St Helen's church, Boultham :: Shared Description

Grade II* Listed
Church dates from 12th C. It Western bellcote with small shingled spire. The nave has a blocked south arcade. The chancel was rebuilt in 1864, and nave extended and restored in 1887.

The first church is mentioned when Gilbert of Ghent, a nephew of William the Conqueror, endowed newly founded Bardney Abbey with the Manor or Estate of Boultham amongst many others.
About 1200 a new church was built. The oldest parts of the present church are the arches which are Early English; two blocked arches in the south wall show the church was much bigger with a south aisle.
In July 1349 Godfrey, son of Robert le Garlykmonger was instituted as Rector in place of one Simon de Thrikingham and on the following September 15th Thomas de Willyngton was inducted. This quick turnover of priests is thought to be as a result of The Black Death.
The church was always poor as is shown in 1451. Bishop Chedworth of Lincoln granted an indulgence of 40 days (meaning forty days less in purgatory) to anyone who went to the church and repeated the Lordís Prayer and the Angelic Salutation in reverence to the Blessed Virgin St Petronella. This, plus a donation of goods to aid repairs of the church, was granted each time they did it. The church was then said to be in "Notorious Poverty."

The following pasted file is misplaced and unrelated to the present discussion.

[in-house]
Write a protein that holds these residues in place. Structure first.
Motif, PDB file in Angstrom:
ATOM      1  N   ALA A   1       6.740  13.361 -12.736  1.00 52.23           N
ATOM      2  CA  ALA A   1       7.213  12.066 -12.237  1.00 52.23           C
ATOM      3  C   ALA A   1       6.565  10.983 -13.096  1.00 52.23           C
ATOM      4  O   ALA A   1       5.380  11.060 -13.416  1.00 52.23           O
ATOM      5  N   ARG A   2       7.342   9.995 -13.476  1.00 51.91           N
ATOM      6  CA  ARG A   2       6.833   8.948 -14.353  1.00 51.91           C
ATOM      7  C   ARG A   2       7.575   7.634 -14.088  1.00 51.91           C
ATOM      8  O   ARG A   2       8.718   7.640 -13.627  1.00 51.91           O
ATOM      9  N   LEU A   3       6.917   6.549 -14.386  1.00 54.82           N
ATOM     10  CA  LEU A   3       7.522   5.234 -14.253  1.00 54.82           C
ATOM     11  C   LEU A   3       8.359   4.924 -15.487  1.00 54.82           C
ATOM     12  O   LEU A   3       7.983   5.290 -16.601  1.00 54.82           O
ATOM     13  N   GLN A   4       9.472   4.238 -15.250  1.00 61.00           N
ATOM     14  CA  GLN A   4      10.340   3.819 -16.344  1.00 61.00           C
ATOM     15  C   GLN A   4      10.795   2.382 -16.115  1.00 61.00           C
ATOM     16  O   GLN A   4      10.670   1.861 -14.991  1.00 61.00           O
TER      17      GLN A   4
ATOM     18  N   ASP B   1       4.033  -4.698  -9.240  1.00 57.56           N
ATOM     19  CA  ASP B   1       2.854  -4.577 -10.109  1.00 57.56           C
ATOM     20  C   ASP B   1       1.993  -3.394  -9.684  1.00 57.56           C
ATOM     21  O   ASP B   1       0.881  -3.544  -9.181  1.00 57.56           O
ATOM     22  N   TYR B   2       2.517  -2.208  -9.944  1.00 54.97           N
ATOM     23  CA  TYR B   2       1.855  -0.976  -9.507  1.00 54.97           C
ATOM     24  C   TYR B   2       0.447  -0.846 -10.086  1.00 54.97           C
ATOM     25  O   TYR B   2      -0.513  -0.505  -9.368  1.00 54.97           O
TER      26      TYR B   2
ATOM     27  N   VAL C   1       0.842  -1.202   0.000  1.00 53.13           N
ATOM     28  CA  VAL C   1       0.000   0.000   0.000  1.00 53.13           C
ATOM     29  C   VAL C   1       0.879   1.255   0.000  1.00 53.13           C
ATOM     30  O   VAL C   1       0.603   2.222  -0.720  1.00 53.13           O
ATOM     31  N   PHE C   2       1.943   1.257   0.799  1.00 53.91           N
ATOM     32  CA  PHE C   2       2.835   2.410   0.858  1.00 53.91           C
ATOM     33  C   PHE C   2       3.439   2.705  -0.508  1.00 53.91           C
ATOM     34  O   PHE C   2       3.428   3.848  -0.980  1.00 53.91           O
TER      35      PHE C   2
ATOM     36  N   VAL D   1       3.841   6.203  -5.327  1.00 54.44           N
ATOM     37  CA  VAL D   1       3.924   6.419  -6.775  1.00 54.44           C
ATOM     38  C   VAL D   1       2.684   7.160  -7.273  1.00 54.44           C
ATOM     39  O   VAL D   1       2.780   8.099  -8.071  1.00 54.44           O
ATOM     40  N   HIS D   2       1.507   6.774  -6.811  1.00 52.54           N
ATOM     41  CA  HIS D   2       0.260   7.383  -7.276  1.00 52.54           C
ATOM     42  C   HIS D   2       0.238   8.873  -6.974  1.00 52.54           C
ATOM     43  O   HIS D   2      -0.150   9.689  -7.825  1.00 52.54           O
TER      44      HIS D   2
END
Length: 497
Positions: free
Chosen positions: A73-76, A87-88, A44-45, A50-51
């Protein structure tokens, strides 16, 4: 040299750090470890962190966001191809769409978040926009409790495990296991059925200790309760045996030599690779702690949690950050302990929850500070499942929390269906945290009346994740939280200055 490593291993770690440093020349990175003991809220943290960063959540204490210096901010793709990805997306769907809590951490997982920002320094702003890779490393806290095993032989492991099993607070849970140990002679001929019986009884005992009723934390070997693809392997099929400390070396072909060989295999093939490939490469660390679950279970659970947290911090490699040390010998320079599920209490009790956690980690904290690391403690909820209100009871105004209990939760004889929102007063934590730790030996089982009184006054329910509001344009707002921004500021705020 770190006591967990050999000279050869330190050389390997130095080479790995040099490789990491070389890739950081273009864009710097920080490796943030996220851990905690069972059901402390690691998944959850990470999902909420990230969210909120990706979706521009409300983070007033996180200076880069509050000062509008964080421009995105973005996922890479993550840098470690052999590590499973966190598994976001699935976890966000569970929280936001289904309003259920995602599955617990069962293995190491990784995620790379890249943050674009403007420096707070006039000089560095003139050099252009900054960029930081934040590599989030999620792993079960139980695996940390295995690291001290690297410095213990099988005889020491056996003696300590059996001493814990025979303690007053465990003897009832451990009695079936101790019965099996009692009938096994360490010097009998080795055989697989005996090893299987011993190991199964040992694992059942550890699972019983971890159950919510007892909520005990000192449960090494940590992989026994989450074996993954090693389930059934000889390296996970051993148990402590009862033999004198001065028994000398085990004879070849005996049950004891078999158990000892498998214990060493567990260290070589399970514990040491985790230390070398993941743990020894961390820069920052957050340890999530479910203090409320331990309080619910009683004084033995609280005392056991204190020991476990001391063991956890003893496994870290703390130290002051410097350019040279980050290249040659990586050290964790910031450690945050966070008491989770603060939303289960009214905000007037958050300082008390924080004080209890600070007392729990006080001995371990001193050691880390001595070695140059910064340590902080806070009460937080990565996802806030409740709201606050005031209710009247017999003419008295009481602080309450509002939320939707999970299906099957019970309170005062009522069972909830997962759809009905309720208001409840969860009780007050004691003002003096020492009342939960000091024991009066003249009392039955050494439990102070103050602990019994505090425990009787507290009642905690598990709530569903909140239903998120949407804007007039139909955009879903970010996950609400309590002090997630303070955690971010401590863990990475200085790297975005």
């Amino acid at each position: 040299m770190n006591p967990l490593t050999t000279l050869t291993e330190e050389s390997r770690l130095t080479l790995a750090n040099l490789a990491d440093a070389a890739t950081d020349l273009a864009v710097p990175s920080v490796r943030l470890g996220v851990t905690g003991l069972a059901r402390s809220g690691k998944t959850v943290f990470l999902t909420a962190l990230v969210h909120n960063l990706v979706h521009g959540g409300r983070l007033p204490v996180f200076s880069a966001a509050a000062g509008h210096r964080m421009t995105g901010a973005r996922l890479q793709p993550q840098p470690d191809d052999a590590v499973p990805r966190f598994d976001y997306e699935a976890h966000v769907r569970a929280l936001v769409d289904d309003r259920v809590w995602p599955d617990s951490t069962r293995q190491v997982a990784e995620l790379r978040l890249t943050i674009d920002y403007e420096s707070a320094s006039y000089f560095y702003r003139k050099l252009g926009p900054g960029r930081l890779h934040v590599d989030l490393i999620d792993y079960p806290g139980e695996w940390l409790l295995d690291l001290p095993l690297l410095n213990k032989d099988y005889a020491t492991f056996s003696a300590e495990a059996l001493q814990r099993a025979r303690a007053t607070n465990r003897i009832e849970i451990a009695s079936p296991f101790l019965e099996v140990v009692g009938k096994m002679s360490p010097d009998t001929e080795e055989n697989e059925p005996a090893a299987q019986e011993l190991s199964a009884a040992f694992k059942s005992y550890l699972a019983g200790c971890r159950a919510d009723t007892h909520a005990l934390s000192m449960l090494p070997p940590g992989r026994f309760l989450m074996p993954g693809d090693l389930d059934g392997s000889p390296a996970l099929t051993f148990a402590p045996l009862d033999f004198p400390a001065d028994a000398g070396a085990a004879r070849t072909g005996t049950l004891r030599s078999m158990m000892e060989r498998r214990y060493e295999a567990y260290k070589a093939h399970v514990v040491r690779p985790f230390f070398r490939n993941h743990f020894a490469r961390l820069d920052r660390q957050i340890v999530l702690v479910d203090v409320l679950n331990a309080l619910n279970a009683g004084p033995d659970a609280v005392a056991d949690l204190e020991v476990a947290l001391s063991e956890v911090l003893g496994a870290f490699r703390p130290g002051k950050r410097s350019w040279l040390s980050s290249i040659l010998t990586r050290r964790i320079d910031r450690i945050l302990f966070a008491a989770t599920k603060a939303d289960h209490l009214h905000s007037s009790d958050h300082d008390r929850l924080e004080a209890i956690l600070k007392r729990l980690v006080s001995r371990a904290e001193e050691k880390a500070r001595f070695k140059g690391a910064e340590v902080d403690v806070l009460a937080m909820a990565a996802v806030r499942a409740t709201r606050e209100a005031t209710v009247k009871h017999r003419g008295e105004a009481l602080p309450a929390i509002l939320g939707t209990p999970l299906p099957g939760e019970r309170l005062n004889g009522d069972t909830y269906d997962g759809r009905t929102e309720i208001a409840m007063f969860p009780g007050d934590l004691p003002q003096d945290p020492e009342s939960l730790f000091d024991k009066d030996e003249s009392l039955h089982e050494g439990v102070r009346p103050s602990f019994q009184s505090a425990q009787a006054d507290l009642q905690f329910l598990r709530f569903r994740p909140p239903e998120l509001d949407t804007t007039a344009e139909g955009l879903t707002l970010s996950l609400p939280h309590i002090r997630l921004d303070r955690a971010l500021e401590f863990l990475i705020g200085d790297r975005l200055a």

The church at Boultham contained at that time a shrine to St Petronella who, according to legend, was a daughter of St Peter. "Bolthame" as it was known in King Henry VIIIís time was still poor. When he dissolved the monasteries and convents, the land in Boultham went to The Duke of Suffolk. Alterations to the forms of service under Queen Mary and back to The Book of Common Prayer under Queen Elizabeth meant they needed a communion chalice or cup. This was provided in about 1563-70 and is still in the church silver pieces today.

There were Church wardens then as now but they had the further duty of notifying the Archdeacon of anyone not going to church for communion. One who they reported or "presented" was Henry Abbott said to be a "common swerer and brawler with his neighbours and a sleeper in the service and sermons." He got away with a caution!
Records of baptisms were kept and Boulthamís go back to the seventeenth century. Also records of "correction" such as; "Leonard Jackson, a wandering boy, inhabitinge in Beverly, was whipped and sent away with a passe, January 8th; Dorothy Farrars, a wanderinge girle, inhabitinge in Lynwood was whipped and sent away with a passe." The next item of correction was about 5 years later so it didnít happen too often.

(Info edited from Churchmouse Website)

by Julian P Guffogg
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6 images use this description:

SK9669 : East window, St Helen's church, Boultham by Julian P Guffogg
SK9669 : St Helen's church, Boultham by Julian P Guffogg
SK9669 : Chancel, St Helen's church, Boultham by J.Hannan-Briggs
SK9669 : St Helen's church, Boultham by Julian P Guffogg
SK9669 : Interior, St Helen's church, Boultham by J.Hannan-Briggs
SK9669 : St Helen's church, Boultham by J.Hannan-Briggs


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Created: Mon, 22 Oct 2012, Updated: Fri, 19 Feb 2021

The 'Shared Description' text on this page is Copyright 2012 Julian P Guffogg, however it is specifically licensed so that contributors can reuse it on their own images without restriction.

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